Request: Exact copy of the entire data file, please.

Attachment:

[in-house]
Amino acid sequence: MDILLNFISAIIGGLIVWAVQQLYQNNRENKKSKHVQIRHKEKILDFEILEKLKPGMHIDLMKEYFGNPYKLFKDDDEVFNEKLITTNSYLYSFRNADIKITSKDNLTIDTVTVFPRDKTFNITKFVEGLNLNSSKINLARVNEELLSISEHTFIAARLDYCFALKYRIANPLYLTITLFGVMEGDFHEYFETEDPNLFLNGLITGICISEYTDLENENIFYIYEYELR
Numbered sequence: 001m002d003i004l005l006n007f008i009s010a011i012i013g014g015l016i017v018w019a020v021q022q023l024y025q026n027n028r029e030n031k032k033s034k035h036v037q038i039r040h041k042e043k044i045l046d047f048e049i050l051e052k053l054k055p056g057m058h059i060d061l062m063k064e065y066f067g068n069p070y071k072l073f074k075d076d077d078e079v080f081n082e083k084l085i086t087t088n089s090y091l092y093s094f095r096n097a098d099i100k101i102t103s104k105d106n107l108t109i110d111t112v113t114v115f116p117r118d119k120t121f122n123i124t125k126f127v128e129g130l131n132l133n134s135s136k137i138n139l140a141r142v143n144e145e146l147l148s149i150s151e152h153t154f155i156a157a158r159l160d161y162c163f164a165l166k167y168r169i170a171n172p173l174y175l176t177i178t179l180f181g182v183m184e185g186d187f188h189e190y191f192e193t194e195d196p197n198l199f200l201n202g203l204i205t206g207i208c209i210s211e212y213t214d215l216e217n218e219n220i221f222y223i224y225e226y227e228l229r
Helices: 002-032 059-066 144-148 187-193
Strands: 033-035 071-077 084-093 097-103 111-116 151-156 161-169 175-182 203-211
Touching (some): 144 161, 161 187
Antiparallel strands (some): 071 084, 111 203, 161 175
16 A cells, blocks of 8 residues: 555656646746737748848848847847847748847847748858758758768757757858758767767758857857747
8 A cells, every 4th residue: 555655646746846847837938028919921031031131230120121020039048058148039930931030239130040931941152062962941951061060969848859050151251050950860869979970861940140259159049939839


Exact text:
[in-house]
Amino acid sequence: MDILLNFISAIIGGLIVWAVQQLYQNNRENKKSKHVQIRHKEKILDFEILEKLKPGMHIDLMKEYFGNPYKLFKDDDEVFNEKLITTNSYLYSFRNADIKITSKDNLTIDTVTVFPRDKTFNITKFVEGLNLNSSKINLARVNEELLSISEHTFIAARLDYCFALKYRIANPLYLTITLFGVMEGDFHEYFETEDPNLFLNGLITGICISEYTDLENENIFYIYEYELR
Numbered sequence: 001m002d003i004l005l006n007f008i009s010a011i012i013g014g015l016i017v018w019a020v021q022q023l024y025q026n027n028r029e030n031k032k033s034k035h036v037q038i039r040h041k042e043k044i045l046d047f048e049i050l051e052k053l054k055p056g057m058h059i060d061l062m063k064e065y066f067g068n069p070y071k072l073f074k075d076d077d078e079v080f081n082e083k084l085i086t087t088n089s090y091l092y093s094f095r096n097a098d099i100k101i102t103s104k105d106n107l108t109i110d111t112v113t114v115f116p117r118d119k120t121f122n123i124t125k126f127v128e129g130l131n132l133n134s135s136k137i138n139l140a141r142v143n144e145e146l147l148s149i150s151e152h153t154f155i156a157a158r159l160d161y162c163f164a165l166k167y168r169i170a171n172p173l174y175l176t177i178t179l180f181g182v183m184e185g186d187f188h189e190y191f192e193t194e195d196p197n198l199f200l201n202g203l204i205t206g207i208c209i210s211e212y213t214d215l216e217n218e219n220i221f222y223i224y225e226y227e228l229r
Helices: 002-032 059-066 144-148 187-193
Strands: 033-035 071-077 084-093 097-103 111-116 151-156 161-169 175-182 203-211
Touching (some): 144 161, 161 187
Antiparallel strands (some): 071 084, 111 203, 161 175
16 A cells, blocks of 8 residues: 555656646746737748848848847847847748847847748858758758768757757858758767767758857857747
8 A cells, every 4th residue: 555655646746846847837938028919921031031131230120121020039048058148039930931030239130040931941152062962941951061060969848859050151251050950860869979970861940140259159049939839